Things that brought me delight in March, 2021:
Tanith Lee, At the Court of the Crow
At the Court of the Crow is an unfinished work consisting of three chapters written for a brief that included the ominous phrase "steampunk ambiance," and that was set aside never to be completed. (It also never got to the "steampunk ambiance" aspect, if it was ever going to.) There is often something ineffably sad about reading an unfinished work whose author died before putting the final words to the page; Dickens's The Mystery of Edwin Drood continues to haunt me, for example. But thankfully, despite its technically incomplete status, Tanith Lee's At the Court of the Crow is a satisfying volume that reads like a finished manuscript.
At the Court of the Crow centers on a nameless young woman who survived an alluded-to-but-never-described calamity that claimed the lives of her parents. She was then sent to live with her aunt and uncle, their children, and their servants, in a great, grim house that is functionally her prison. Everything changes when a mysterious, shapeshifting man named Olon "saves" the aunt and cousin from death by fire in a carriage, ingratiates himself into the family, and begins the slow process of destroying the household from within.
Although it's possible to see threads that could have been developed further if you begin reading knowing that this is an unfinished work, I suspect that it would feel whole if you didn't know the piece's history. The elements that are described, but never explained, such as why the stars fall from the sky, why the worship of god has been outlawed, and what catastrophe has befallen the world, don't actually require more development. Instead, they add to the unknowable mystery of the text and bring a true sense of unease in their wake.
Over the last thirty years, Moonspell have crafted an insanely diverse back catalog of albums--each with their own hidden pleasures. Hermitage may be the most accessible Moonspell record to date; although the gothic metal and semi-progressive songs that make up this album aren't likely to challenge listeners, there is something undeniably human and inviting about this release. The high level of musicianship is reined in tastefully, the emotions on display strike true, and the gloom is tempered with great, blinding shafts of light. Hermitage should appeal to both fans of the heavier stuff as well as folks into, say, The Cult or Fields of the Nephilim.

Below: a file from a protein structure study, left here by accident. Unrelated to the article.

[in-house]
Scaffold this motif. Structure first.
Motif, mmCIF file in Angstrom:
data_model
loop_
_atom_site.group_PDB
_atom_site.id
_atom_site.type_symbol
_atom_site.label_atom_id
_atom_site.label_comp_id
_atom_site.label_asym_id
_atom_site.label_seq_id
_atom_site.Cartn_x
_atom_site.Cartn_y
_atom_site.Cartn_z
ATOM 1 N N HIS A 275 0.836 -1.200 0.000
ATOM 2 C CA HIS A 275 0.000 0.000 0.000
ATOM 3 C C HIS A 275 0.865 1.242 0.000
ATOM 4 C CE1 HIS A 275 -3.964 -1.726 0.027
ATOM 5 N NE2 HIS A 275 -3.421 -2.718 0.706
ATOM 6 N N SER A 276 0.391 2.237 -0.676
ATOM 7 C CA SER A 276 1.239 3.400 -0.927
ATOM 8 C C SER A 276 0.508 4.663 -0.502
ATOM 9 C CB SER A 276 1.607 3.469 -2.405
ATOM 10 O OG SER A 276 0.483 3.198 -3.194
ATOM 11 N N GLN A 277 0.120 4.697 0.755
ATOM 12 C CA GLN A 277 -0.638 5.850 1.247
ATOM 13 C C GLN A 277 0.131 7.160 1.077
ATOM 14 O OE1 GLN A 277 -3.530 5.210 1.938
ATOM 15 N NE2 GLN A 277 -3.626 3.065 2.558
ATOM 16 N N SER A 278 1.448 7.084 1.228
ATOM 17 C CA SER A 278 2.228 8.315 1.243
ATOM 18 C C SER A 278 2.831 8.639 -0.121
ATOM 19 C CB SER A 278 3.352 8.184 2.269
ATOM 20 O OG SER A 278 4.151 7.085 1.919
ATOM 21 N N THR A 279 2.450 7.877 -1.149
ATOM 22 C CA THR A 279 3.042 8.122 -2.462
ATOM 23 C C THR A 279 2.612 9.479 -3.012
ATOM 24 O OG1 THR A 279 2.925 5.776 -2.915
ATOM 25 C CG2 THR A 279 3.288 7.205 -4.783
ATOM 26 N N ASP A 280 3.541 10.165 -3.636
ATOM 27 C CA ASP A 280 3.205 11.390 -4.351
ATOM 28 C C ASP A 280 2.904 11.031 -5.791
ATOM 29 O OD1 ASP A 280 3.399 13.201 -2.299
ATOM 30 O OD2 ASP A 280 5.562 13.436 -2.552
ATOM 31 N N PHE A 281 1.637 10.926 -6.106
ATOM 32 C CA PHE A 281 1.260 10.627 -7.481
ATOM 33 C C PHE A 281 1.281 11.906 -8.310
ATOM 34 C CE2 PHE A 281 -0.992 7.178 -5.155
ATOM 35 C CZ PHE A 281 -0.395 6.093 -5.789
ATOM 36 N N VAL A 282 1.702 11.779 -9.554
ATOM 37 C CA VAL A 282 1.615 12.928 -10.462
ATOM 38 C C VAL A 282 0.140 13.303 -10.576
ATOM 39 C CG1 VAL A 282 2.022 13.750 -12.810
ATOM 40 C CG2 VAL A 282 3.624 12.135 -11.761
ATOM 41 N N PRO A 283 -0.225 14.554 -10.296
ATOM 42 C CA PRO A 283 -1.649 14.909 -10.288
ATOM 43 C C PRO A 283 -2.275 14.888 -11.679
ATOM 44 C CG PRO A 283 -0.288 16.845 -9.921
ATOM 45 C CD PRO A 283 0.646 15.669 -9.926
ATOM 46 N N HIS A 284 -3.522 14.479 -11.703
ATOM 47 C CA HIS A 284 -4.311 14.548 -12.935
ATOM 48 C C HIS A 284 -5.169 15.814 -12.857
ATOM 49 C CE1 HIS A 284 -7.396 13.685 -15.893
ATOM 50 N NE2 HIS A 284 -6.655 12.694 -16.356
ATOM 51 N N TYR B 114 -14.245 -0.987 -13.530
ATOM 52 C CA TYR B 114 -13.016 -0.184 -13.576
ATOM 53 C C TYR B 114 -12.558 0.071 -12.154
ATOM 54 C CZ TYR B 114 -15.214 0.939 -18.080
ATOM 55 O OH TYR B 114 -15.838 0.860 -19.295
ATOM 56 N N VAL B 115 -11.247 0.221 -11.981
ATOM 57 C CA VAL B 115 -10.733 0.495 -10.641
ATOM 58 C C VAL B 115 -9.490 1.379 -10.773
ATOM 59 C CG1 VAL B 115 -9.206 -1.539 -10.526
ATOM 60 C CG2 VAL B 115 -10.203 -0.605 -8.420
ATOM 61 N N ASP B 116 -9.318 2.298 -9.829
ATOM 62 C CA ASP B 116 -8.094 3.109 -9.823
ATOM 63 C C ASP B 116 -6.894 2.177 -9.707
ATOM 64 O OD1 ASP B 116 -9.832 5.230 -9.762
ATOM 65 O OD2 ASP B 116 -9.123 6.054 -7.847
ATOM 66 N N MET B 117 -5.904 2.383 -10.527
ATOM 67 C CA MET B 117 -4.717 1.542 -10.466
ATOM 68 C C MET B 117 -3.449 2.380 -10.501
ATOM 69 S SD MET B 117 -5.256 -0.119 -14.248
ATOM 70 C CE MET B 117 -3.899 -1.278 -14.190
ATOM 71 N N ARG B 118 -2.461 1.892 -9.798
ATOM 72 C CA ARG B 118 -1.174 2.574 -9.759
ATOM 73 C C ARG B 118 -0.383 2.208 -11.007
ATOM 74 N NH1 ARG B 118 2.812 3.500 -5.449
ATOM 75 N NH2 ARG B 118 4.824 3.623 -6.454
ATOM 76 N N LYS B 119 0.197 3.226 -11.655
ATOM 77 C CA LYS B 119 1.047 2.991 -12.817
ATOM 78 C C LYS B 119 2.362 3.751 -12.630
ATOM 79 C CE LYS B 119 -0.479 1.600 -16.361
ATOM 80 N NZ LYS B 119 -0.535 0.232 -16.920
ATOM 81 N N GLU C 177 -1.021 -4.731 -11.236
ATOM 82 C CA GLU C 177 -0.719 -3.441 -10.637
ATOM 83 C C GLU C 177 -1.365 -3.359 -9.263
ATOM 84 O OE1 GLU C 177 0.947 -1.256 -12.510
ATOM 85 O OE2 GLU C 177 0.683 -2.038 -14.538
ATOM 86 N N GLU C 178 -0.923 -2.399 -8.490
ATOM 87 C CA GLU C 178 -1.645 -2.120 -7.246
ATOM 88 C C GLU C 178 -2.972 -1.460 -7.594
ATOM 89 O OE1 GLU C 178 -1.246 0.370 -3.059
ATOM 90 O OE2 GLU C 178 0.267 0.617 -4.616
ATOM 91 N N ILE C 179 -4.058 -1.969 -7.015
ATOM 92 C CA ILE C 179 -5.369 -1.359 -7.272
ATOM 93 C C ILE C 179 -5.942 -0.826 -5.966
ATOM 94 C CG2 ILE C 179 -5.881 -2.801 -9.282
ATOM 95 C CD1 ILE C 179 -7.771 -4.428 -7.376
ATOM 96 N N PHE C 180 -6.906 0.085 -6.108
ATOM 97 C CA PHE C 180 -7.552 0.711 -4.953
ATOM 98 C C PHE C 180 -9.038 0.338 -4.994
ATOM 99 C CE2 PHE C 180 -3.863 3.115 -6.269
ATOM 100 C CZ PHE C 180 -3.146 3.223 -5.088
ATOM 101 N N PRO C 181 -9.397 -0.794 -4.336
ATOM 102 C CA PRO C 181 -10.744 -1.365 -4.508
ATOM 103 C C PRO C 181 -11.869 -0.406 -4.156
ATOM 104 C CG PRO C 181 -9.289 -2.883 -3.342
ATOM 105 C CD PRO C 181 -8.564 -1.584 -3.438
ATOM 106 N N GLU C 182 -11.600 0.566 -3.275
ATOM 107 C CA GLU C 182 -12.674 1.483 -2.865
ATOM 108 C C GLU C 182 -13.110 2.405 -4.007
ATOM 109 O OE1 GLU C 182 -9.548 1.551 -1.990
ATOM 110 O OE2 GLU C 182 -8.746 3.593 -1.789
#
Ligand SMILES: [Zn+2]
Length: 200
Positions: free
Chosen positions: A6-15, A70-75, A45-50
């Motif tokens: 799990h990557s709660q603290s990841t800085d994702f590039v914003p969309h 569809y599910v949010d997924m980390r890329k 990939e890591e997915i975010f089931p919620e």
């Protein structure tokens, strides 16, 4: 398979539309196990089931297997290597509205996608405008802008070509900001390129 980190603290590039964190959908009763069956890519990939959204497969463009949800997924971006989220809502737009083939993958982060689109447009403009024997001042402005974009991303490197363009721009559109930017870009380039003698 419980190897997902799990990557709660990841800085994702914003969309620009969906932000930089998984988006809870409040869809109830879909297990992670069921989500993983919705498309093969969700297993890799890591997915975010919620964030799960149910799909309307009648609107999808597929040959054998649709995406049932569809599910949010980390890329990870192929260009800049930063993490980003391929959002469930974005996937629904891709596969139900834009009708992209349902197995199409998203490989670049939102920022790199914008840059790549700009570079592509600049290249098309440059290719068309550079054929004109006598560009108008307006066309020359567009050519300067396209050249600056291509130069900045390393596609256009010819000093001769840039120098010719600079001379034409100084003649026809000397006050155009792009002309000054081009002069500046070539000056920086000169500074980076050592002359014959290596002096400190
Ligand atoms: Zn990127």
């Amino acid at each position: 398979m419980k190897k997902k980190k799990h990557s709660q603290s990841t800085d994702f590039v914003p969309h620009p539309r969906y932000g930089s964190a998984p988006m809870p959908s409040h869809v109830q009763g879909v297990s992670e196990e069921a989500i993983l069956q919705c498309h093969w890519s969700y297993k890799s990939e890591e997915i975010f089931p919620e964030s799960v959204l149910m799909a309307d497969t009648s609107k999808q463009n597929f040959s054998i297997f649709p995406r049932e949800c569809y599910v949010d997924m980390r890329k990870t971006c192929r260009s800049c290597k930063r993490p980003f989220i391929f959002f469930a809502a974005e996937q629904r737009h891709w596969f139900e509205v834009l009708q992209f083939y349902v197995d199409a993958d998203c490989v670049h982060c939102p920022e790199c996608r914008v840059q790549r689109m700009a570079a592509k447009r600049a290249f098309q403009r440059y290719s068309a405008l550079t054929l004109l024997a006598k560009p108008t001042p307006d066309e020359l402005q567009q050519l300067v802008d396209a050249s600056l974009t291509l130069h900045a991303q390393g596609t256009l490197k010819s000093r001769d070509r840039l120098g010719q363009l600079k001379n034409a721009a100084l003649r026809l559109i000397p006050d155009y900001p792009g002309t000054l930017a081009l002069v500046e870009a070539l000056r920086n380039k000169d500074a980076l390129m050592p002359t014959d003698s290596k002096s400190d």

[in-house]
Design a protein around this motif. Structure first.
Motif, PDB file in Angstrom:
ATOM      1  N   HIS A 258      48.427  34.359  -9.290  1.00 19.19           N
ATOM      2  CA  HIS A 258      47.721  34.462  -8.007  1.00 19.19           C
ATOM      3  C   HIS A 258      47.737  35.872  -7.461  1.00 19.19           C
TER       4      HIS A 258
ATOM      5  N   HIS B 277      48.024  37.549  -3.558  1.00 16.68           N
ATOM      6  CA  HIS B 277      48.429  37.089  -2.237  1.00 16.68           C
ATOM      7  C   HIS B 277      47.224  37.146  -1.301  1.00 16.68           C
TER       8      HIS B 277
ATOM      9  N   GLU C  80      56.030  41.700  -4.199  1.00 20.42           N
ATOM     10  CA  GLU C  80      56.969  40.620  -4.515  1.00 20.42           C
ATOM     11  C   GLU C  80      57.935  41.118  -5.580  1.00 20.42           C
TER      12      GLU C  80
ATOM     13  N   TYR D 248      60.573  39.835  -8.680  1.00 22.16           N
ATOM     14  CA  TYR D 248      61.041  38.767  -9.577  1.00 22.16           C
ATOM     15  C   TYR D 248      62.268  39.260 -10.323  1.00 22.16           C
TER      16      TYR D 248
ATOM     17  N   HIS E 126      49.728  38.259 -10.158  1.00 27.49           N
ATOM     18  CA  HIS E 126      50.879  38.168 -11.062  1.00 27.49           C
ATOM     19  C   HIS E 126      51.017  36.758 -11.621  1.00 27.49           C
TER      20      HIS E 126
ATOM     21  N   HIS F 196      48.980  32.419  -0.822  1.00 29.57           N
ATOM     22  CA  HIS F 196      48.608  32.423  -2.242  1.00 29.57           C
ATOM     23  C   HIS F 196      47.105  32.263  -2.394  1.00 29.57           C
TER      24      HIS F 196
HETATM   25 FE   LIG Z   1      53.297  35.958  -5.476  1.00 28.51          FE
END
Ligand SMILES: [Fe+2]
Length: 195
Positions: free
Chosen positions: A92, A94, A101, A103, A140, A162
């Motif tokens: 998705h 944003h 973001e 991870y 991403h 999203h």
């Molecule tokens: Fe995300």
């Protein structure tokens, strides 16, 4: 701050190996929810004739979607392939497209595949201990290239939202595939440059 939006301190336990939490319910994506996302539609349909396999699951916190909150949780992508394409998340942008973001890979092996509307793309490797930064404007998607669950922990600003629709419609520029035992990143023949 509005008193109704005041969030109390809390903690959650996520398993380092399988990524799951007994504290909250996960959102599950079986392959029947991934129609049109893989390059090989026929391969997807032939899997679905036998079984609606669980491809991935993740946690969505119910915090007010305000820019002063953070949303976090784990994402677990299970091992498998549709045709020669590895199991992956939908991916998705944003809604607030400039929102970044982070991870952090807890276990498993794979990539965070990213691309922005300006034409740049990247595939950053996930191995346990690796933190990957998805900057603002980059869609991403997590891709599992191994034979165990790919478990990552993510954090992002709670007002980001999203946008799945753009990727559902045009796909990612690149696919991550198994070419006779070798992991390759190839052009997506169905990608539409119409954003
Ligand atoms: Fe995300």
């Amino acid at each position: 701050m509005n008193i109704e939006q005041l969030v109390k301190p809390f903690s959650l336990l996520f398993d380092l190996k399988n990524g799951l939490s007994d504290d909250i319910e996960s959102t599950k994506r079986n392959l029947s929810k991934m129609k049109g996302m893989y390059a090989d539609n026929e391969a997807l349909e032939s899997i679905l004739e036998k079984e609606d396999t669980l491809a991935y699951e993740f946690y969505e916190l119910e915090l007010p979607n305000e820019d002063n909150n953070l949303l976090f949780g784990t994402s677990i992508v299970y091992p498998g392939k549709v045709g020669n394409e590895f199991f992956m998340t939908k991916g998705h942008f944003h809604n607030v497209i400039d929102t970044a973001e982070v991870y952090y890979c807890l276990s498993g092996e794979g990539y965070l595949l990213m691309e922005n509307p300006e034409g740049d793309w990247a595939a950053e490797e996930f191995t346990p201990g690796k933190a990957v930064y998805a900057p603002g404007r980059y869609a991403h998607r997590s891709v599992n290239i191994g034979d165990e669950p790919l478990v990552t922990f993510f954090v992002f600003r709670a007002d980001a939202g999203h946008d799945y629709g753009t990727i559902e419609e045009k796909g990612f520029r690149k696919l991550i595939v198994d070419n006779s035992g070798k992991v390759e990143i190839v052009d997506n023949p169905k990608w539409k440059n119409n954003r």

I expected Omega to be good, but I had no idea that it would be this good. It's very early to call it, of course, but Omega may very well be an album of the year contender. Epica's latest is an exemplary album of gothic symphonic metal that does everything it needs to. When it needs to soar, it soars; when it needs to dig in and get heavy and technical, it digs in and gets technical. This hit me exactly how I needed to be hit. Oh, for the days to come when we can drive someplace with this record blasting from the rolled-down windows of a car!
ReVamp, Wild Card
Following the demise of After Forever and before she joined Nightwish on a permanent basis, ReVamp was Floor Jansen's primary avenue of expression. In many ways, Wild Card feels like the midpoint between the two. ReVamp hits hard like After Forever, but the aggression here strikes a different, more frantic and jagged tone. The album also features symphonic elements reminiscent of what was to come with Nightwish, but without the latter band's trademark bombast.
Leaves' Eyes, The Last Viking
The cover of Leaves' Eyes' The Last Viking depicts singer Elina Siirala as a Valkyrie choosing which slain warriors will ascend to the halls of Asgard. This is a fitting visual for the album because it feels like Siirala is doing her damnedest to give the band a chance to fight again after the contentious loss of their much-beloved former vocalist, Liv Kristine. As such, I think it's best to evaluate The Last Viking on its own merits; without the baggage of Leaves' Eyes' history, I think any listener would have to admit that this is a solid album in the symphonic metal genre. A little overlong perhaps, but let's just call that "epic" and get on with enjoying it.
Vaesen: Nordic Horror Roleplaying and A Wicked Secret and Other Mysteries
Vaesen is a gothic horror roleplaying game set in nineteenth-century Scandinavia, which is obviously a very specific niche, but it becomes even narrower when you consider the scope of Upsala, the same starting location for the game. The book does a good job of giving the setting a gothic feel; the usual dichotomies that structure Victorian gothic novels are all here: Christianity versus pagan remnants, the past versus the industrialized, Enlightened present, and forgotten monster lurking in forlorn locales.